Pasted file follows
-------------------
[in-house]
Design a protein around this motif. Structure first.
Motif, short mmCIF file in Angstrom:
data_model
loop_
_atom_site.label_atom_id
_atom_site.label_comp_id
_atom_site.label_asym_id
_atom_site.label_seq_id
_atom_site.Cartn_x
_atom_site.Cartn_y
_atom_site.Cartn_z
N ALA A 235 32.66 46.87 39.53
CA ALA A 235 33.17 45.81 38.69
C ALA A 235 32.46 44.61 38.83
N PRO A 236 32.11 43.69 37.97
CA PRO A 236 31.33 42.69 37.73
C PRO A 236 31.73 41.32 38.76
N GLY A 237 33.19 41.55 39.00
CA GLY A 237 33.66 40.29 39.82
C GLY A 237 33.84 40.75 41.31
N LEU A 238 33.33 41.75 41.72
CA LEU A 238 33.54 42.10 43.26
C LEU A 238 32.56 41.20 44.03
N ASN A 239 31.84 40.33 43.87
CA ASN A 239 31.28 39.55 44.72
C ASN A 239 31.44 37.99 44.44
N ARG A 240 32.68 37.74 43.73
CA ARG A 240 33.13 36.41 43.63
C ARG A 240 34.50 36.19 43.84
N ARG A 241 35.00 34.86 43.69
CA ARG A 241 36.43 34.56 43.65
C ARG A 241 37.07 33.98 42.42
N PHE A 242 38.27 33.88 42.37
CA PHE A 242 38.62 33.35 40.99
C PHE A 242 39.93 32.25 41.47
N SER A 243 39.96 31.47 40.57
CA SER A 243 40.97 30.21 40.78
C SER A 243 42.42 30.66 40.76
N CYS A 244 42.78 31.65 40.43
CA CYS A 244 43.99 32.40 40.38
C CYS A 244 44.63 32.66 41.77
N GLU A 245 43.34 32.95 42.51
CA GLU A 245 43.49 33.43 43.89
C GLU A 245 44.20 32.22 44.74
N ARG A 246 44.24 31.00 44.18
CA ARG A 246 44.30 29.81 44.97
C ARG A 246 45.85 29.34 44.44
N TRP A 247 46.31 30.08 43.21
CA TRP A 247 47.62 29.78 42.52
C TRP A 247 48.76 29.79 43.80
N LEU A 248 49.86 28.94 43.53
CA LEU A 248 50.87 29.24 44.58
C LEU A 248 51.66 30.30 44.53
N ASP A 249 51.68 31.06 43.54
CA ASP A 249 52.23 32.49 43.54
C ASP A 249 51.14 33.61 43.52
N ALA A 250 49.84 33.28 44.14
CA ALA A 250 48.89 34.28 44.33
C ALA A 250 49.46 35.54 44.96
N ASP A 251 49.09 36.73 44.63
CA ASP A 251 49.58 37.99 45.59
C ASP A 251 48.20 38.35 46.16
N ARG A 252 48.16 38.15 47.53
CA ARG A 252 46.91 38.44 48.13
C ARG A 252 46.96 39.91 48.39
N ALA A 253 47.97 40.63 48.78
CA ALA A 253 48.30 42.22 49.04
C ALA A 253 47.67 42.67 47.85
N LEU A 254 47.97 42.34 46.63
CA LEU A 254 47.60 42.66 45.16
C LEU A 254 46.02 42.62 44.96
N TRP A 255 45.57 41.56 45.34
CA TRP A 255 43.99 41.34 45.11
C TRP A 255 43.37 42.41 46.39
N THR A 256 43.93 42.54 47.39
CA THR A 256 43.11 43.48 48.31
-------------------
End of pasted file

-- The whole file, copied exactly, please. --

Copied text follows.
[in-house]
Design a protein around this motif. Structure first.
Motif, short mmCIF file in Angstrom:
data_model
loop_
_atom_site.label_atom_id
_atom_site.label_comp_id
_atom_site.label_asym_id
_atom_site.label_seq_id
_atom_site.Cartn_x
_atom_site.Cartn_y
_atom_site.Cartn_z
N ALA A 235 32.66 46.87 39.53
CA ALA A 235 33.17 45.81 38.69
C ALA A 235 32.46 44.61 38.83
N PRO A 236 32.11 43.69 37.97
CA PRO A 236 31.33 42.69 37.73
C PRO A 236 31.73 41.32 38.76
N GLY A 237 33.19 41.55 39.00
CA GLY A 237 33.66 40.29 39.82
C GLY A 237 33.84 40.75 41.31
N LEU A 238 33.33 41.75 41.72
CA LEU A 238 33.54 42.10 43.26
C LEU A 238 32.56 41.20 44.03
N ASN A 239 31.84 40.33 43.87
CA ASN A 239 31.28 39.55 44.72
C ASN A 239 31.44 37.99 44.44
N ARG A 240 32.68 37.74 43.73
CA ARG A 240 33.13 36.41 43.63
C ARG A 240 34.50 36.19 43.84
N ARG A 241 35.00 34.86 43.69
CA ARG A 241 36.43 34.56 43.65
C ARG A 241 37.07 33.98 42.42
N PHE A 242 38.27 33.88 42.37
CA PHE A 242 38.62 33.35 40.99
C PHE A 242 39.93 32.25 41.47
N SER A 243 39.96 31.47 40.57
CA SER A 243 40.97 30.21 40.78
C SER A 243 42.42 30.66 40.76
N CYS A 244 42.78 31.65 40.43
CA CYS A 244 43.99 32.40 40.38
C CYS A 244 44.63 32.66 41.77
N GLU A 245 43.34 32.95 42.51
CA GLU A 245 43.49 33.43 43.89
C GLU A 245 44.20 32.22 44.74
N ARG A 246 44.24 31.00 44.18
CA ARG A 246 44.30 29.81 44.97
C ARG A 246 45.85 29.34 44.44
N TRP A 247 46.31 30.08 43.21
CA TRP A 247 47.62 29.78 42.52
C TRP A 247 48.76 29.79 43.80
N LEU A 248 49.86 28.94 43.53
CA LEU A 248 50.87 29.24 44.58
C LEU A 248 51.66 30.30 44.53
N ASP A 249 51.68 31.06 43.54
CA ASP A 249 52.23 32.49 43.54
C ASP A 249 51.14 33.61 43.52
N ALA A 250 49.84 33.28 44.14
CA ALA A 250 48.89 34.28 44.33
C ALA A 250 49.46 35.54 44.96
N ASP A 251 49.09 36.73 44.63
CA ASP A 251 49.58 37.99 45.59
C ASP A 251 48.20 38.35 46.16
N ARG A 252 48.16 38.15 47.53
CA ARG A 252 46.91 38.44 48.13
C ARG A 252 46.96 39.91 48.39
N ALA A 253 47.97 40.63 48.78
CA ALA A 253 48.30 42.22 49.04
C ALA A 253 47.67 42.67 47.85
N LEU A 254 47.97 42.34 46.63
CA LEU A 254 47.60 42.66 45.16
C LEU A 254 46.02 42.62 44.96
N TRP A 255 45.57 41.56 45.34
CA TRP A 255 43.99 41.34 45.11
C TRP A 255 43.37 42.41 46.39
N THR A 256 43.93 42.54 47.39
CA THR A 256 43.11 43.48 48.31